Sunday, September 24, 2017

Words and images playing in a metaphorical field

You'll Never Know
"The only thing that keeps 
a person going is energy.
And what is energy but liking life?"
— Louis Auchincloss

In my long-ago working life, I touted the benefits of metaphorical thinking, proclaiming that you could find a way to link any two things together and thus gain insight about either of them.

This morning, I decided to test that concept with two extremely unrelated images shown below. Now, I will spin the metaphorical metaphor wheel and see what happens.  
First image: A clown I found on a wall in Eureka, CA. 

Second image: a trimmed plant revealing its inner nature, found in the garden at the Lake Chapala Society here in Ajijic, Mx. 
Both images intrigue me, each for different reasons. The look on the clown’s  face makes me think some inner information is bubbling up, lighting up his multi-colored eyes, ready to spill over into guffaws. The cut stalk of a plant with its holey and woody texture makes me wonder at the unseen world, now revealed by a gardener’s machete.

How do these two relate to each other? Thoughts: One was never alive except in an artist’s imagination. The other’s life was altered by a human viewpoint of the way things ought to be. Both subject to the whims of another.

The clown puts on a mask to entertain, attempting to create mirth or surprise in others. The plant has evolved into a moisture- and nutrient-collection system in order to survive and thrive.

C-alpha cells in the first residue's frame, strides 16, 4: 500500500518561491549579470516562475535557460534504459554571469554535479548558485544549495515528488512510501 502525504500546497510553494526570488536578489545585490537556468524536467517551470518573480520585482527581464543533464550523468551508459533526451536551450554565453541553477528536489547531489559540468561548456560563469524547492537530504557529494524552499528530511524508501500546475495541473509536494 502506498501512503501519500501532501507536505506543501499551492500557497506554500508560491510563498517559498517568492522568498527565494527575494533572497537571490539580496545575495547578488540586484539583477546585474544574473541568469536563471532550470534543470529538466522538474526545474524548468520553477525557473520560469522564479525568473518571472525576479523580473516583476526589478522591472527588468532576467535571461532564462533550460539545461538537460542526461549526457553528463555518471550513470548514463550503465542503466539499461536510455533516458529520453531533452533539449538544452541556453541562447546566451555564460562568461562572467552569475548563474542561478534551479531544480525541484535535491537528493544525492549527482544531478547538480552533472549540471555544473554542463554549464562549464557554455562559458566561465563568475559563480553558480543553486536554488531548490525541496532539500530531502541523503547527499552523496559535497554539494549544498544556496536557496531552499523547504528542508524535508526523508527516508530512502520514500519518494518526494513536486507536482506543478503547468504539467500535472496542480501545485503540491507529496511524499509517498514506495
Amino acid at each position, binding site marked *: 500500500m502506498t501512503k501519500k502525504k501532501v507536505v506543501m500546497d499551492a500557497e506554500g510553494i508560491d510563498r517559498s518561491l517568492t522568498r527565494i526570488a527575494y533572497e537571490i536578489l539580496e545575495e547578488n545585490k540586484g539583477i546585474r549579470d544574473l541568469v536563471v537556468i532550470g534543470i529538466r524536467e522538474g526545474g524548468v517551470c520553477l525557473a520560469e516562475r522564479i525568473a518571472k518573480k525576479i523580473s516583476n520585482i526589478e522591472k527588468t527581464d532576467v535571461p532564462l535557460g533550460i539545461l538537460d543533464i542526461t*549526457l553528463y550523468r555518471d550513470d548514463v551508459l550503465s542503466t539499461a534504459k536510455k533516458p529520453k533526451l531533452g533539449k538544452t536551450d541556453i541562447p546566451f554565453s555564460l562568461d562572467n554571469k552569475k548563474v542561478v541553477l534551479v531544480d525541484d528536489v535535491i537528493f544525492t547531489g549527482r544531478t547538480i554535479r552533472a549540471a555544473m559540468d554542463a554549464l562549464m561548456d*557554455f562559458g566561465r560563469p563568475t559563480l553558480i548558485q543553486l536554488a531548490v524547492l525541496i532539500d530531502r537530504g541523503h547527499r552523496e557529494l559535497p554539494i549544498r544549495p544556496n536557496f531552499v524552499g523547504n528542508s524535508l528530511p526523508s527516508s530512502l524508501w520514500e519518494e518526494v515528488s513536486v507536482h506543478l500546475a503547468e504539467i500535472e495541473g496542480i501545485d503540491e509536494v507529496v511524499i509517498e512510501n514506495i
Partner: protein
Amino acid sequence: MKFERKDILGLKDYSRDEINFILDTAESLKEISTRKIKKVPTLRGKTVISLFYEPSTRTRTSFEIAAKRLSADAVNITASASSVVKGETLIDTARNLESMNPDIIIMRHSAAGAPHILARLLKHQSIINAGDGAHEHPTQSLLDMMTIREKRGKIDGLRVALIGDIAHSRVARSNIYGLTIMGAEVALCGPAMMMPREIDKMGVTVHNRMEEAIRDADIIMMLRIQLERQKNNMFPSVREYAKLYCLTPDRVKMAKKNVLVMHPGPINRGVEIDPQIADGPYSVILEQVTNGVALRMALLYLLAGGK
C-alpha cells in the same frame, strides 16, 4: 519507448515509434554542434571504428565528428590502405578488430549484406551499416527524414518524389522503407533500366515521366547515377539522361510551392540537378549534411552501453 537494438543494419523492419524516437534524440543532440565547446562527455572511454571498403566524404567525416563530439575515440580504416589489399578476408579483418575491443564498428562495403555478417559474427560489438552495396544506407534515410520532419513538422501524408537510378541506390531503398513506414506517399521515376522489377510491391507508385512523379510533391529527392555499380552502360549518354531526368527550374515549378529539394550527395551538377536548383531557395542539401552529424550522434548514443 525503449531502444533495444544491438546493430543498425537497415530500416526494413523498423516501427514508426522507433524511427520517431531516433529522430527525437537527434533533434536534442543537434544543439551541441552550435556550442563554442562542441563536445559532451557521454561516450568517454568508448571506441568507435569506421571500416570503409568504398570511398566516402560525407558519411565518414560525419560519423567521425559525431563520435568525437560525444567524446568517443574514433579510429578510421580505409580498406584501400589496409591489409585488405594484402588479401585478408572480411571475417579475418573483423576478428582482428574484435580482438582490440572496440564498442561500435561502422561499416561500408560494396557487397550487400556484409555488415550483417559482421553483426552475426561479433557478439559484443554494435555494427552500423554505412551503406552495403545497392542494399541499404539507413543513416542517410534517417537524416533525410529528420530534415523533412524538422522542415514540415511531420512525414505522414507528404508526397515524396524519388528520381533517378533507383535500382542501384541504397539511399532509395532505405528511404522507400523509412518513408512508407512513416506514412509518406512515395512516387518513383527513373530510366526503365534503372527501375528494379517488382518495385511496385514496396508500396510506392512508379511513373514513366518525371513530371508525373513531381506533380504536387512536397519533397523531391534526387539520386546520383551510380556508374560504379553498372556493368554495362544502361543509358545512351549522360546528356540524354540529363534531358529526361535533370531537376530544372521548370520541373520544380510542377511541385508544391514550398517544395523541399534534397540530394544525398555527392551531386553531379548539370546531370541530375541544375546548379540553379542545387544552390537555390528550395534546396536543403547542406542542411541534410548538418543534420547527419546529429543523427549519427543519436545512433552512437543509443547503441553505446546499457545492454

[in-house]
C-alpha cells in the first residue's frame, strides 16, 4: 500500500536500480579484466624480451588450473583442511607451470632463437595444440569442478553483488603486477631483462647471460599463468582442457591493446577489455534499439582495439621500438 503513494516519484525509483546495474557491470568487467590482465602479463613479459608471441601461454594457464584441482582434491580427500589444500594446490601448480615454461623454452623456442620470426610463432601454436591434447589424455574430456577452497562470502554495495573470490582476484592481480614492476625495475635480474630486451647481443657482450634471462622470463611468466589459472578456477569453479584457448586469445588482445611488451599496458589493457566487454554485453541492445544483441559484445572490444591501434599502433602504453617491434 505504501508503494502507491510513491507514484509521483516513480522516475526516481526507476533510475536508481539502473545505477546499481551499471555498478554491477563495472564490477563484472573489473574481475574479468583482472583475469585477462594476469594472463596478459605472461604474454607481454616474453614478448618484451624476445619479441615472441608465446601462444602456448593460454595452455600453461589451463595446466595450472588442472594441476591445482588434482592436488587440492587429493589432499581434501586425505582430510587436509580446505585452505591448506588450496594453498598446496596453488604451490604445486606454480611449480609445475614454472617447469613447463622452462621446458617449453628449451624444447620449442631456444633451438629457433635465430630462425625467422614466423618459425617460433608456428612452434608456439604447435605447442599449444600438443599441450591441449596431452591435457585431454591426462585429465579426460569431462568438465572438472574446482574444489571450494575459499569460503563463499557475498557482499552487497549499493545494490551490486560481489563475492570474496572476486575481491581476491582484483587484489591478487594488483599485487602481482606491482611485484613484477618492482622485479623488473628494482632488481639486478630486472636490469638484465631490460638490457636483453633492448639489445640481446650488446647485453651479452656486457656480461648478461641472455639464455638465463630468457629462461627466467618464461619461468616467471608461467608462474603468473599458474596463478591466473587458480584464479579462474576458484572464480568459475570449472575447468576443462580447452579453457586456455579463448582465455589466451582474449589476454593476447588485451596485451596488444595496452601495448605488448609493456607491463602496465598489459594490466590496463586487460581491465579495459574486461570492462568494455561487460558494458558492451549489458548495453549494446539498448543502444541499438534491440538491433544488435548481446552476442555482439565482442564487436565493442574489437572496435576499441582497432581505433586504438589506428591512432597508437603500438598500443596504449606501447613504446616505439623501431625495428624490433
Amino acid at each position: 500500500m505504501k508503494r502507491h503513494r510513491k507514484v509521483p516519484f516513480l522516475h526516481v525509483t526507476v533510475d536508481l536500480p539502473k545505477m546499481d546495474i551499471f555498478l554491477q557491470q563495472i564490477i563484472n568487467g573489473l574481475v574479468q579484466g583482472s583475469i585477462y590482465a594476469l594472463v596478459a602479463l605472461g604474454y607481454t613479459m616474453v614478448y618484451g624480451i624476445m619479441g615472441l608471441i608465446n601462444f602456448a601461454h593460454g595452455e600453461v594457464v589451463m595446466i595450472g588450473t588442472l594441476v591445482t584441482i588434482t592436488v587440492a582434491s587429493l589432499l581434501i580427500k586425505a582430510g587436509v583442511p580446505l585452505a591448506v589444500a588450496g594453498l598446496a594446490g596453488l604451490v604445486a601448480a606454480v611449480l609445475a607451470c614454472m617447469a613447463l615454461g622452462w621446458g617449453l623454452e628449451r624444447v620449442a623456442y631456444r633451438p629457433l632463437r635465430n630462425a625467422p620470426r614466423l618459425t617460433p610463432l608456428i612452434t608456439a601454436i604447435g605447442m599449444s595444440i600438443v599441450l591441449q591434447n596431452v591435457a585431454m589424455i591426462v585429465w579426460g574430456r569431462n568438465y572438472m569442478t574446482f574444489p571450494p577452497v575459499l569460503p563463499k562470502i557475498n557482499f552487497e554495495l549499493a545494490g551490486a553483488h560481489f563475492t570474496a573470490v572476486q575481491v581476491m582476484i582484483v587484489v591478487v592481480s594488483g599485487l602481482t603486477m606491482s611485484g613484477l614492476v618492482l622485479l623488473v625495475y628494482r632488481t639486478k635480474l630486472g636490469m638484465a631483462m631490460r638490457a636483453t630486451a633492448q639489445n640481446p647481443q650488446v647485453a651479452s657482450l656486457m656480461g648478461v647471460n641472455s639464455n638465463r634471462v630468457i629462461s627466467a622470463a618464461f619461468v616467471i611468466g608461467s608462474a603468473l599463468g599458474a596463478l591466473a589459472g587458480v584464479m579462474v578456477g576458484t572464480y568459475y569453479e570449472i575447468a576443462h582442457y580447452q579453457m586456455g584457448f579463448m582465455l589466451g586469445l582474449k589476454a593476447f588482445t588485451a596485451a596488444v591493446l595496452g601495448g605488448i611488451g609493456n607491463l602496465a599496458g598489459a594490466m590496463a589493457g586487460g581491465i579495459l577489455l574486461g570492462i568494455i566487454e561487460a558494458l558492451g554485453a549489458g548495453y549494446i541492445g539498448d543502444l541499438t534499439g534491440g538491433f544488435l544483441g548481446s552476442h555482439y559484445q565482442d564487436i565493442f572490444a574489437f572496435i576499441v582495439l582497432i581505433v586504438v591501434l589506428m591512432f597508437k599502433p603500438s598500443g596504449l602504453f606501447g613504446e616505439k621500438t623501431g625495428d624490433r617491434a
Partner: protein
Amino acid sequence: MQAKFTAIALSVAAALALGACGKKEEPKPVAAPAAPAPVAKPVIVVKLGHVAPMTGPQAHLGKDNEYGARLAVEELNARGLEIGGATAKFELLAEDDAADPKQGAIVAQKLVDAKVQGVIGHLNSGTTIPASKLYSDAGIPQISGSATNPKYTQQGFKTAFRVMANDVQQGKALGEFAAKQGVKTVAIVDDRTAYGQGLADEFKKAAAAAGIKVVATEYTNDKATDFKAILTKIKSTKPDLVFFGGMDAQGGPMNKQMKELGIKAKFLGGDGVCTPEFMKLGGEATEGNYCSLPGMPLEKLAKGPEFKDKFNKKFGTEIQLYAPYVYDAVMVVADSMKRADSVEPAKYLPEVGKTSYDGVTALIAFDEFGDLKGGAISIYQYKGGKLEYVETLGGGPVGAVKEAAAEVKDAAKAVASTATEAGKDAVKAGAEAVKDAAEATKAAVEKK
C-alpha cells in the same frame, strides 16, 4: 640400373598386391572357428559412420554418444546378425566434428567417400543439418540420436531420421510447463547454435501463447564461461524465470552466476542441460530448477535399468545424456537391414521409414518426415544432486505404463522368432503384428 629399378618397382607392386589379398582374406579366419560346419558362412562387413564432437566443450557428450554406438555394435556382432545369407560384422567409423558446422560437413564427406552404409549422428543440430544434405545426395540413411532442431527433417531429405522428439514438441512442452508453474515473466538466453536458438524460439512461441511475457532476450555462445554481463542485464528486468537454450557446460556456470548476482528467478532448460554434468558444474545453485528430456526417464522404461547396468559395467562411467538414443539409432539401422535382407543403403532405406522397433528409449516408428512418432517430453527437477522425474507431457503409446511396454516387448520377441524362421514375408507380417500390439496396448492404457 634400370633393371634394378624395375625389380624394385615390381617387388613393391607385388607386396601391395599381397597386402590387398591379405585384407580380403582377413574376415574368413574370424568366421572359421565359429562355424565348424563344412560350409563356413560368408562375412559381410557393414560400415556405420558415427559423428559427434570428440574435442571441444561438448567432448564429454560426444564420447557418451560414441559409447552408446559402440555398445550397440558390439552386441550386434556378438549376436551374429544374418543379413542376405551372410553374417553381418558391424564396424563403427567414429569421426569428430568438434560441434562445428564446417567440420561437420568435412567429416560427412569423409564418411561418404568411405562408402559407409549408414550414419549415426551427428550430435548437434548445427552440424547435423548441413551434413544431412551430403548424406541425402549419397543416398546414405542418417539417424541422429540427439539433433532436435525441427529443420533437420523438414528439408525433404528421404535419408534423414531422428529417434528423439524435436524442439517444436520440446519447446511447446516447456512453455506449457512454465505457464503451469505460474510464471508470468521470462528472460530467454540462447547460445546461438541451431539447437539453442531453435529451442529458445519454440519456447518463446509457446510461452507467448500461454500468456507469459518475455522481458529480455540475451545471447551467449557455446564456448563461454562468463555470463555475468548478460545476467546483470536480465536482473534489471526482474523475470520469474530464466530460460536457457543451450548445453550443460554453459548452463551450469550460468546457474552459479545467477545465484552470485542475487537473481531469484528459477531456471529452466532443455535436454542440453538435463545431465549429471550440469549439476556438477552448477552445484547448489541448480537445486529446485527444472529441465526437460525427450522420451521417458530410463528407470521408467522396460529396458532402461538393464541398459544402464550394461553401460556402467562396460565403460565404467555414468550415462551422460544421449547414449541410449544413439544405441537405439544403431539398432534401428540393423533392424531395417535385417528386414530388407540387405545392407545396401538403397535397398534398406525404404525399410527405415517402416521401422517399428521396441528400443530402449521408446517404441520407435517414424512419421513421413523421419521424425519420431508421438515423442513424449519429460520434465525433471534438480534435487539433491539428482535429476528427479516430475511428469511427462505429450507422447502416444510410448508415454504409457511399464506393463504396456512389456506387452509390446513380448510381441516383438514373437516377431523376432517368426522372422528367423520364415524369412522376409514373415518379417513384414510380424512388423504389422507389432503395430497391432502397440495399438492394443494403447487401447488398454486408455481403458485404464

Both are products of an unknown artist, be it a human with pots of paint, or time with its eons of tweakings to maximize well-being, or a mystery force too massive for our comprehension.

The insight … duh! … is that everything is part of life. Living things obviously are alive, but even those things that look inanimate … murals on walls, buildings that topple when the ground quivers, boulders on their journey to becoming sand on a far-away beach, a spoon, conceived by a brain and implemented by hands to deliver nourishment to a collective of cells and bacteria we call the human body … all play their part of the web of life. 
When they came together in Photoshop, these two images did not want to play together. I tried to tell them this was just an exercise, but they decided to make me work for it. Finally, they transformed each other and I could hear them whispering, but what they were saying, I'll never know.
Day 8/100

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